A Window to a Playwright

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This is Anthony Byrnes Opening the Curtain on LA theater for KCRW.

It's tricky. I'm realizing that my reviews end up having the same arc as the plays I see. Which makes this week tough because The Train Driver starts dark and stays there.

Athol Fugard's latest work is based on a horrific true story: In December of 2000, a black woman from a Cape Town squatter's camp walked with her three children onto a train track and waited until an oncoming train ended their lives. What could push someone to such hopeless despair?

Fugard is one of the bravest and most remarkable playwrights of our time. Born in South Africa, he's devoted his work to battling the dark enigmas of his country's apartheid system. His work looks unflinchingly at colonialism and the havoc it's wreaked on both the colonized and colonizers.

Fugard, who is ostensibly the colonizer, focuses his new work not on the life of the woman on the tracks but the aftermath for the white engineer on the train. Tormented by the ghost of a woman he unwittingly killed, he chases her remains back to a cemetery. There, where unclaimed, unnamed bodies are buried in the desert sand beneath rusted car parts, the engineer -- and the playwright -- come searching for answers. The black grave digger he encounters, who you'd imagine would have been the dramatic catalyst in one of Fugard's earlier plays, serves as little more than the patient witness as this white man chases his demons.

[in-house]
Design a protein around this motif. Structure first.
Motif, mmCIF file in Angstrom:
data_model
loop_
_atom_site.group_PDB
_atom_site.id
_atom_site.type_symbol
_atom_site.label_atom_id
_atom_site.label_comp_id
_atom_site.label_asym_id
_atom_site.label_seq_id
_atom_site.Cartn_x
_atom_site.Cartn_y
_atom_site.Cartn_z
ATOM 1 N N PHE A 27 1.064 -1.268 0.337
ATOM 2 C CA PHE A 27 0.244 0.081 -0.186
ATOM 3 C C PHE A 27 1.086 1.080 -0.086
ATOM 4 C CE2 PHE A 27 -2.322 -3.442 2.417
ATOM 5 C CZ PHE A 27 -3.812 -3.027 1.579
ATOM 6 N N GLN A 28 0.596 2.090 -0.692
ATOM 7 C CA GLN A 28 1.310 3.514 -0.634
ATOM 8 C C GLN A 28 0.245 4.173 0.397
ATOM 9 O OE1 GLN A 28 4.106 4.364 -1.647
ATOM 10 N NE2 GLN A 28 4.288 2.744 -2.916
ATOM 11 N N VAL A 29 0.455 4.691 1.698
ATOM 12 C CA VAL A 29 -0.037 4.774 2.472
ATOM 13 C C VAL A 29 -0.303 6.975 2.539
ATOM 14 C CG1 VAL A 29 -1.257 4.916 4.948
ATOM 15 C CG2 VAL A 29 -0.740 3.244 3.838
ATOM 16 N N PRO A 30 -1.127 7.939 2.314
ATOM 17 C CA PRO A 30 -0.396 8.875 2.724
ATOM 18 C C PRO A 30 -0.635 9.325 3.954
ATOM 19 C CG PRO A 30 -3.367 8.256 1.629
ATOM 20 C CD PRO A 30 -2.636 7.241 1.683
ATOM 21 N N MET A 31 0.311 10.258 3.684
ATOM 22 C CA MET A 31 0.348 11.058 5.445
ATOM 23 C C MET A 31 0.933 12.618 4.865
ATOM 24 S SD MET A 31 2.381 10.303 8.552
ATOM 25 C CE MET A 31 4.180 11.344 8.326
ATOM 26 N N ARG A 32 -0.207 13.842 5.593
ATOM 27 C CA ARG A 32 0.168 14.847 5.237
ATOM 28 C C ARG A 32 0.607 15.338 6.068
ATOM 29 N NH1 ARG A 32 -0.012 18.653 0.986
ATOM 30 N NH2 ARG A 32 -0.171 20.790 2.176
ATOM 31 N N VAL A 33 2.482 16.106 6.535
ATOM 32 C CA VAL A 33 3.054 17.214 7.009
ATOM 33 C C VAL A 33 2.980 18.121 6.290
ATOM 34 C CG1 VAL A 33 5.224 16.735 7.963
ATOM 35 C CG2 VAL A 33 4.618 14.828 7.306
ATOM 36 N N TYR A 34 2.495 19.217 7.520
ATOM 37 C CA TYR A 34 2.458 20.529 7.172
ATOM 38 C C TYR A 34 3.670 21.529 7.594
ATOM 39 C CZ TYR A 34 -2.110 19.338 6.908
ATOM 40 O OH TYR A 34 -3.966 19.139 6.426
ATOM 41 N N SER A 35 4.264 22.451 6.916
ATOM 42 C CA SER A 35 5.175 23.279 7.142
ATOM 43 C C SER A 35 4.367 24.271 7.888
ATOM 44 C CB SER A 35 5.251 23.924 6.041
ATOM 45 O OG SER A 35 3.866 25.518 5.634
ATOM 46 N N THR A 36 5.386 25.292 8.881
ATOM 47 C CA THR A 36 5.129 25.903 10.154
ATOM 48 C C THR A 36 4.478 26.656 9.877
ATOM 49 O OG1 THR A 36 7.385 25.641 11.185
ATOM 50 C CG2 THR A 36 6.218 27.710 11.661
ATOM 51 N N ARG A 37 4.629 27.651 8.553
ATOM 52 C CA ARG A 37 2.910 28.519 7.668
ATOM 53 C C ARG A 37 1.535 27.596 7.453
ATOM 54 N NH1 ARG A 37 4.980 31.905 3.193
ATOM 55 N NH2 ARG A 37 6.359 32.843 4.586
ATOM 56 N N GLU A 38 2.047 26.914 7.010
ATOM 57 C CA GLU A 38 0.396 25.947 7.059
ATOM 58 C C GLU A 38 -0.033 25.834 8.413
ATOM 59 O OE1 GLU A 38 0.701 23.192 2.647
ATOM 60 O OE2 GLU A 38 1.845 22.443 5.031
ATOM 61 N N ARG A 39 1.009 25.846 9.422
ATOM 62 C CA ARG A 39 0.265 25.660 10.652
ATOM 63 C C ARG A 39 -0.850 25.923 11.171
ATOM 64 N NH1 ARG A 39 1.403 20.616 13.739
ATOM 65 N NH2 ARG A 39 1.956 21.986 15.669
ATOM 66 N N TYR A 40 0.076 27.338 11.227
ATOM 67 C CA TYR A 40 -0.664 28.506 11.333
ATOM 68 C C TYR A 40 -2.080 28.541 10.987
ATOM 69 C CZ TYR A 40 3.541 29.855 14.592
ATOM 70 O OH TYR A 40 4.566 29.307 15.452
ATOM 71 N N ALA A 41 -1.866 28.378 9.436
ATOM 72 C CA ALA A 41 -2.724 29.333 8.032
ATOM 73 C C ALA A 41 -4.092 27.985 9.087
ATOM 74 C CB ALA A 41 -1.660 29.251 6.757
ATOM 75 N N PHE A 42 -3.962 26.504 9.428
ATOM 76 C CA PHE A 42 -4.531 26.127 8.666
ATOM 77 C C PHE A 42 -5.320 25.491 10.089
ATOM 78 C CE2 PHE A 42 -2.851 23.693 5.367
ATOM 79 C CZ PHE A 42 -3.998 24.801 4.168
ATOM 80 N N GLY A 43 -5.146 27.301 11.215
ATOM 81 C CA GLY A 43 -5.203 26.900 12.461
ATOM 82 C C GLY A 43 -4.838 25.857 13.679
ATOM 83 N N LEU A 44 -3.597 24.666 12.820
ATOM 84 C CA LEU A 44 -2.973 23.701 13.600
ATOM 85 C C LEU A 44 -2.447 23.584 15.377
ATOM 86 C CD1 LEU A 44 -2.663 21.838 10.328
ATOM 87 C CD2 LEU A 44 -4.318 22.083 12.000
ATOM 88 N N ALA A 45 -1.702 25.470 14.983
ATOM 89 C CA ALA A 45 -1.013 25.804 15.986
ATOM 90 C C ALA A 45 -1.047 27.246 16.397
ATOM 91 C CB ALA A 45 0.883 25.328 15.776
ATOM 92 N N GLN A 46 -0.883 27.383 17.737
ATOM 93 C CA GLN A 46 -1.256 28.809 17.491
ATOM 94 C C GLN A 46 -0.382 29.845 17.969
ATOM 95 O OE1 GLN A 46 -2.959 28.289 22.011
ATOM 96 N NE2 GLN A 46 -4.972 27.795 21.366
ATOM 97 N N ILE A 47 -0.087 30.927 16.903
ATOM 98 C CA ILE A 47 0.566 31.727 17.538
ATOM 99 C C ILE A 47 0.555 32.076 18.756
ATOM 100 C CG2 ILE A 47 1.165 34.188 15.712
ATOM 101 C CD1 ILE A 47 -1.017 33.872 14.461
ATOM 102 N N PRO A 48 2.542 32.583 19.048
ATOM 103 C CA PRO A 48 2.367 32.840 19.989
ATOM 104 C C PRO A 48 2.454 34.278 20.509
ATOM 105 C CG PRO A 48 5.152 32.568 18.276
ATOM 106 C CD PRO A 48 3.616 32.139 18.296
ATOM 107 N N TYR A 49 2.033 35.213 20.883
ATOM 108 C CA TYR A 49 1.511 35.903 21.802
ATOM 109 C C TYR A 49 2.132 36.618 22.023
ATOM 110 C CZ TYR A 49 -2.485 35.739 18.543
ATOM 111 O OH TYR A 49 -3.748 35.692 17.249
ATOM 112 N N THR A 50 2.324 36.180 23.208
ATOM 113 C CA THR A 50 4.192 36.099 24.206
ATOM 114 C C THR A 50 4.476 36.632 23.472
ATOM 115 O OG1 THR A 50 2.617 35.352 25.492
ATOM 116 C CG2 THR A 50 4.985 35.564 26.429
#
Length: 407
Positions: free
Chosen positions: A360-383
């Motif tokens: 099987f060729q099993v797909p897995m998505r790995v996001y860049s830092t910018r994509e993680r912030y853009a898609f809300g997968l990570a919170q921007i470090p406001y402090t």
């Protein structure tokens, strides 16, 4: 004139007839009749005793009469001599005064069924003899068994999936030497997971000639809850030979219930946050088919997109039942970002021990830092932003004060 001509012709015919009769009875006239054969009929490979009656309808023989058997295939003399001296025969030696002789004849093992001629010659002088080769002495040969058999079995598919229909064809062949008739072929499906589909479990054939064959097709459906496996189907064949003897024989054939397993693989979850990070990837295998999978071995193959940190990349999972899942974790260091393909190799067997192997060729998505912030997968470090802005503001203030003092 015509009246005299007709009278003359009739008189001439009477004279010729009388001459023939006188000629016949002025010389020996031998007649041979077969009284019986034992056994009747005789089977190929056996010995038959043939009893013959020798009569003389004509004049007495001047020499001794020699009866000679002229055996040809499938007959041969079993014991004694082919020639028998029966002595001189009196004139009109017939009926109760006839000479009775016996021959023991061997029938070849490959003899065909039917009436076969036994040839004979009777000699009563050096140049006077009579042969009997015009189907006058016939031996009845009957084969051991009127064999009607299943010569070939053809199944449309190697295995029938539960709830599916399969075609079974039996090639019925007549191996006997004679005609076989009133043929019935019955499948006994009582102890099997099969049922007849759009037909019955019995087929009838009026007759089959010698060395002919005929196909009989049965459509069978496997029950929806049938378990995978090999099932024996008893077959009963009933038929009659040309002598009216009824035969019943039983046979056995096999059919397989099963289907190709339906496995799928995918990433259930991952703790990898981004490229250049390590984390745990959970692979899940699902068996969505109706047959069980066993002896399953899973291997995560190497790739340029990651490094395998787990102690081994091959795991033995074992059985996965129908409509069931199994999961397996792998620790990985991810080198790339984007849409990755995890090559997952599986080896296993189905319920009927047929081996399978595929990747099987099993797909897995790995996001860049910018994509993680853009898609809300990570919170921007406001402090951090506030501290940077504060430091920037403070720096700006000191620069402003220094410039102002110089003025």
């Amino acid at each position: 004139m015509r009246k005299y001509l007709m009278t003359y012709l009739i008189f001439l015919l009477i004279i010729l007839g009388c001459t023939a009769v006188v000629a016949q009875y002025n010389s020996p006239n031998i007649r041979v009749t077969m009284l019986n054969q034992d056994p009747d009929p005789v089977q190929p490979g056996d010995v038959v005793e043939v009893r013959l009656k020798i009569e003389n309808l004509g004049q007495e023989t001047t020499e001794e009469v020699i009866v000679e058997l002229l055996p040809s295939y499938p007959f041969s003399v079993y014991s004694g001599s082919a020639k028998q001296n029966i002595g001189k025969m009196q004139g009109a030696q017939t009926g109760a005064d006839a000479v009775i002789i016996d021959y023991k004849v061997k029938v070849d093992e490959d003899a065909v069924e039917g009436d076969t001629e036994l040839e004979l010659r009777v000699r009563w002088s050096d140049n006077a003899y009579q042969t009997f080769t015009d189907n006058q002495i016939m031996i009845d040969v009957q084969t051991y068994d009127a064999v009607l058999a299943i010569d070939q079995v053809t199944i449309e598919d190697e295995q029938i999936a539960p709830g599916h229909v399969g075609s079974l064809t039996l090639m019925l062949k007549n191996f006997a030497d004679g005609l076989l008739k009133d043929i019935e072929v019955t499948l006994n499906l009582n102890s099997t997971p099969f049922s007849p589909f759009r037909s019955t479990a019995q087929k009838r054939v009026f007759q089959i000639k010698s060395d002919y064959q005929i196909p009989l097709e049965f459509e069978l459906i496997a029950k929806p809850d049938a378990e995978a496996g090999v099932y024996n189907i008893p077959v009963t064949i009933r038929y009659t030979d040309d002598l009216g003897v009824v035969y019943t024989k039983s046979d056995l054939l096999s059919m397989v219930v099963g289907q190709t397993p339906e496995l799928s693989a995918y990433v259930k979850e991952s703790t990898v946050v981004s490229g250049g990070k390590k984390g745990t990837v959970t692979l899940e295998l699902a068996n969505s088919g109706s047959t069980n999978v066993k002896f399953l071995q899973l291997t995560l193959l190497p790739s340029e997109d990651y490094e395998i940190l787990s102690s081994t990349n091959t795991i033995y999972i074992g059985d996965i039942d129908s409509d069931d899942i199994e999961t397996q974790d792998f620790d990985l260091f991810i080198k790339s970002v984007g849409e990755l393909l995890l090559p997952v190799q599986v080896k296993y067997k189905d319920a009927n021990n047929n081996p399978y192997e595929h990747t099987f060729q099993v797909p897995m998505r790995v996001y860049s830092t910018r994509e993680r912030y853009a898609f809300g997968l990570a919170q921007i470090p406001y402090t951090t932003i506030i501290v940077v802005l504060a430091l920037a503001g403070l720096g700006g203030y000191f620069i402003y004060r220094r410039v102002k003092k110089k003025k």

Fugard sets the stage for a play about redemption. Or perhaps a drama about the humanity that can cut through history and politics to bond two men. He gives us neither. Frankly, he doesn't really give us a play...it's more of an allegory for white shame or a short story on the nature of hopelessness.

This train driver is separated from time. He's trapped reliving and questioning a horrible past that he can't possibly change. There's nothing he could do to stop the train. Instead, his life has stopped and rather than moving forward, he's struggling to find this woman's grave so, as he says, he can curse at her, as if cursing at the dead could change the present.

But the play, like its protagonist, lacks forward momentum. If you walk into the theater expecting redemption, it's a frustrating hour but ... if you remember the writer, the time and the history it becomes a fascinating window into the mind of an artist approaching the end of a remarkable body of work. Had The Train Driver come from the pen of a lesser writer -- a writer without a past steeped in the shame of apartheid -- it would be easily dismissible as a one act sketch.

But coming from Fugard, it's something more disturbing. Apartheid is gone but the problems remain: a black woman can find herself standing on the tracks, waiting for an oncoming train to take away her hopelessness.

The American premiere of The Train Driver plays at the Fountain Theatre through December 12.

For info on the show text the word "Curtain" to 69866.

This is Anthony Byrnes Opening the Curtain on LA theater for KCRW.

Banner image of Adolphus Ward and Morlan Higgins in The Train Driver: Ed Krieger